Andy swept over to Jodi’s shoulder and regarded her drawing. He pressed his ears close to her hair, listening to the thought impulses that raced like lightning, only centimetres away. While following the child’s confusion, Andy picked up two groups signals; one from the cerebral cortex, which rationally tried to configure a car using the pencil in her hand and the other from the limbic system, which attempted to will the tires into a three-dimensional perspective.
Jodi ultimately saw her drawing as a clumsy sort of cart, with uneven wheels and a too small passenger compartment. Cavorting with the little girl’s frustration, Andy imagined what it would be like to enlarge Jodi’s drawing into a three-dimensional form, while keeping its two-dimensional state intact. The ambiguous object would then rend itself as an entirely new contrivance, one with an innate, coded definition, though in fact completely independent and impossible of fulfilling its meaning.
The little, visual misconception would speak a language of outlines and symbols striped of their context. Before he left the classroom, Andy wondered what sort of things Jodi’s car would have to say should it be able to converse with the one drawn by the teacher on the chalkboard?

By the end of the day, Andy had worked his way around the globe, coming to rest for the night in New South Wales, Australia. Reaching the city of Newcastle, he approached a long, flat modern building not far from the coast, with five wings jettisoning out from a central area. This star-like structure turned out to be a local rest home for senior citizens and disabled war veterans.
Andy went inside the abundantly beige building and began aimlessly floating down one of the long halls. The smell of urine was even stronger here than it had been in the German subway earlier that morning. He passed by a sad, grisly assortment of old men and women, their wheelchairs parked random about in the hall, like unattended children.
After he had worked his way back to the main portion of the building, Andy saw a large dining room, decorated in the most unpremeditated manner, not too unlike the kindergarten classroom he had visited in Denver. Floating over plastic water bottles, smelly diapers and suede lounge chairs, Andy stopped beside a very old man, who sat alone next to a window. His name was Mickey and he was ninety-nine-years old, with his one-hundredth birthday only two months away. Andy looked into the elfin face next to him, watching a string of silvery drool work its way down onto a cotton bib loosely tied around the neck. Mickey was still, practically motionless, his brittle fingers rested gently upon his lap as he stared out the window, fixing his eyes upon the glass pane and not the images beyond it.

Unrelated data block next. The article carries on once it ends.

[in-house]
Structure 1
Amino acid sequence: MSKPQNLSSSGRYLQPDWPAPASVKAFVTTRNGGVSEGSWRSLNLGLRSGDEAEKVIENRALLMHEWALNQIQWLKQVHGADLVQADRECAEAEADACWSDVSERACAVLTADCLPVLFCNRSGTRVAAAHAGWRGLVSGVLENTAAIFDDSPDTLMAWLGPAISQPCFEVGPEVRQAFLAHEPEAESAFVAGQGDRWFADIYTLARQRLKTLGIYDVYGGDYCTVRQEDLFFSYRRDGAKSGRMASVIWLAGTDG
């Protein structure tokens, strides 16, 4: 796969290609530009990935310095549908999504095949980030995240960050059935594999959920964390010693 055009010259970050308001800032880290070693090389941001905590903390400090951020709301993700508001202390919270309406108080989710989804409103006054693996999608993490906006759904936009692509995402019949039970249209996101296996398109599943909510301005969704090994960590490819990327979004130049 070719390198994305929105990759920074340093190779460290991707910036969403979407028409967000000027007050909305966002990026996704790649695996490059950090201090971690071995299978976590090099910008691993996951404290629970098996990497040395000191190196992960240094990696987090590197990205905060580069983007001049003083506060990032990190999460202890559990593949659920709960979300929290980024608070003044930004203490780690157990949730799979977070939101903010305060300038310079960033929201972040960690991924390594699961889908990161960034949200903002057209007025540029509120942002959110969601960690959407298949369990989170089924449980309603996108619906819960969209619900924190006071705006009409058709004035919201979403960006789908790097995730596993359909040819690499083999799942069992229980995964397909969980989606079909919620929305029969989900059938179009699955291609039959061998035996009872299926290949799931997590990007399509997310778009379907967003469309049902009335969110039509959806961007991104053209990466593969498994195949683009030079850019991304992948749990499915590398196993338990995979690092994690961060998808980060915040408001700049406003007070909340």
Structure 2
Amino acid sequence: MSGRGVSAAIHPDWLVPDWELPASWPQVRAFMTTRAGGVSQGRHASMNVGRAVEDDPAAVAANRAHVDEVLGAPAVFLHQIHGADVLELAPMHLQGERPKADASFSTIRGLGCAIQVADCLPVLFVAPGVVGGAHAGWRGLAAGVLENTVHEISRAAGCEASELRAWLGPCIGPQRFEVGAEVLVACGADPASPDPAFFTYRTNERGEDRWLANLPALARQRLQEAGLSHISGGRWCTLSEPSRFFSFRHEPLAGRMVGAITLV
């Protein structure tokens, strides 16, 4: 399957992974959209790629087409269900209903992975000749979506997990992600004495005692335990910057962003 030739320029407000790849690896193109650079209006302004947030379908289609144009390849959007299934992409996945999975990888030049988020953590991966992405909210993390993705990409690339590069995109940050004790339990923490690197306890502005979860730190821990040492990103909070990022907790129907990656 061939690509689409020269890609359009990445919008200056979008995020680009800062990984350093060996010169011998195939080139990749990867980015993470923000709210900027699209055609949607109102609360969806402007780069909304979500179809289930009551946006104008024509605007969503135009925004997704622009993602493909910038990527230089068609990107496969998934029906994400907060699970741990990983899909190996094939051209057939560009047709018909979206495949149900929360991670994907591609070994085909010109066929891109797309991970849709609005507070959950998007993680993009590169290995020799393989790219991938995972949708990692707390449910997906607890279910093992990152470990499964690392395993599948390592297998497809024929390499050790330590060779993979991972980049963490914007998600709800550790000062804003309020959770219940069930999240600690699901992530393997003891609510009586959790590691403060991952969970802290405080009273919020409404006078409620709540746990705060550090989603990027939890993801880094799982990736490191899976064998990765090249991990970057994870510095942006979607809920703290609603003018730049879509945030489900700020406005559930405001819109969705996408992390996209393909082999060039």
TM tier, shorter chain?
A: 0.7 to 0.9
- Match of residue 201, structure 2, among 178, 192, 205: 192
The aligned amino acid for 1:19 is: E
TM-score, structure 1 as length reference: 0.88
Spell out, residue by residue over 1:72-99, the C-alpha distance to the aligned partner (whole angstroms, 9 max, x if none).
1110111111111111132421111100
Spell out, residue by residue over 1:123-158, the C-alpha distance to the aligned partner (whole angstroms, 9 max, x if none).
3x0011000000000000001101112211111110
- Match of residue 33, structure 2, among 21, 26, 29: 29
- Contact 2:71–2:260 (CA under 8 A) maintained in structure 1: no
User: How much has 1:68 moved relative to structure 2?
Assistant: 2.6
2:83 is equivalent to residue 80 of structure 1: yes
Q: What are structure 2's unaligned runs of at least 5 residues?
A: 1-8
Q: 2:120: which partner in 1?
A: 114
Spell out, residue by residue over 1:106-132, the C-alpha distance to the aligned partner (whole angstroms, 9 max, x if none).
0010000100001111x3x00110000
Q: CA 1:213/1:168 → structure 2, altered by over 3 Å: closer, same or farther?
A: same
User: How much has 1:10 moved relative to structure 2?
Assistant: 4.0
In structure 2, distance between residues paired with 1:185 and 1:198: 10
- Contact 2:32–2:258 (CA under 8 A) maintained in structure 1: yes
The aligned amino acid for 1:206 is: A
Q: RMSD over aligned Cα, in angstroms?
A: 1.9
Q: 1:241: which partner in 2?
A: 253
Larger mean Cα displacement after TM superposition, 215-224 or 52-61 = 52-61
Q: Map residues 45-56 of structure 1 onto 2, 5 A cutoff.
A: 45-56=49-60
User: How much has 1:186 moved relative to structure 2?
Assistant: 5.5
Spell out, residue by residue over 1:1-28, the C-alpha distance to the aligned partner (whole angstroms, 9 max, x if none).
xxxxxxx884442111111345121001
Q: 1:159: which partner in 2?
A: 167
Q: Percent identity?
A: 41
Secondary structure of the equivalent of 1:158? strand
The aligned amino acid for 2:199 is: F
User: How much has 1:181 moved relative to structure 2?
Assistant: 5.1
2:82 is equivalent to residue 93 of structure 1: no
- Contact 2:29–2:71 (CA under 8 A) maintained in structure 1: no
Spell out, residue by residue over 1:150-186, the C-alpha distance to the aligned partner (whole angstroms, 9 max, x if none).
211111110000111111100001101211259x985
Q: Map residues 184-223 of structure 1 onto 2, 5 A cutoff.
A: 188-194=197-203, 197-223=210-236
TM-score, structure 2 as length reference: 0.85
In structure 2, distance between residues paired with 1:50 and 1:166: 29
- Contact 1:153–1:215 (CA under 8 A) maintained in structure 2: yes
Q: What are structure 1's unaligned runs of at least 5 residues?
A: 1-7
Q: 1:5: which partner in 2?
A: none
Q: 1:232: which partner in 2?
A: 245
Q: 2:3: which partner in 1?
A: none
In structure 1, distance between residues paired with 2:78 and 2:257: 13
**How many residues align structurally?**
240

Andy noticed that Mickey was looking at the reflection of the dining room’s lights, as they shined on the windowpane. Because no one else was nearby, Andy spoke directly to him.
“What do you see, Mickey,” he asked?
The old man turned very slowly in the direction of Andy’s voice, his lower jaw hanging partially open. He had understood the question, but saw no one there to have asked it.
“That’s the two moons,” replied Mickey in a shrivelled, weak voice.
“You see two moons out there?”
“Yes…see, those two moons,” nodded the fragile man.
Andy looked at the dining room reflection on the glass, seeing Mickey’s two moons. From the front reception a radio was playing an old Guy Lombardo song from the 1930’s. Mickey listened to the singer’s voice coming from the speakers behind him. His eyes now fell upon a small, porcelain statue, which set on the same table as Andy. The statue was a cheap replica of an 17th century French musketeer. Mickey’s eyes held it tight, seizing the figurine’s eloquent pose, his ornamental plume and indigo boots.
Andy saw in Mickey’s eyes the connection between the singer on the radio and the porcelain figurine.
“He’s singing that one…” smiled the old man. “He’s singing that song…that little man.”
“Yes,” replied Andy, “he sure is.”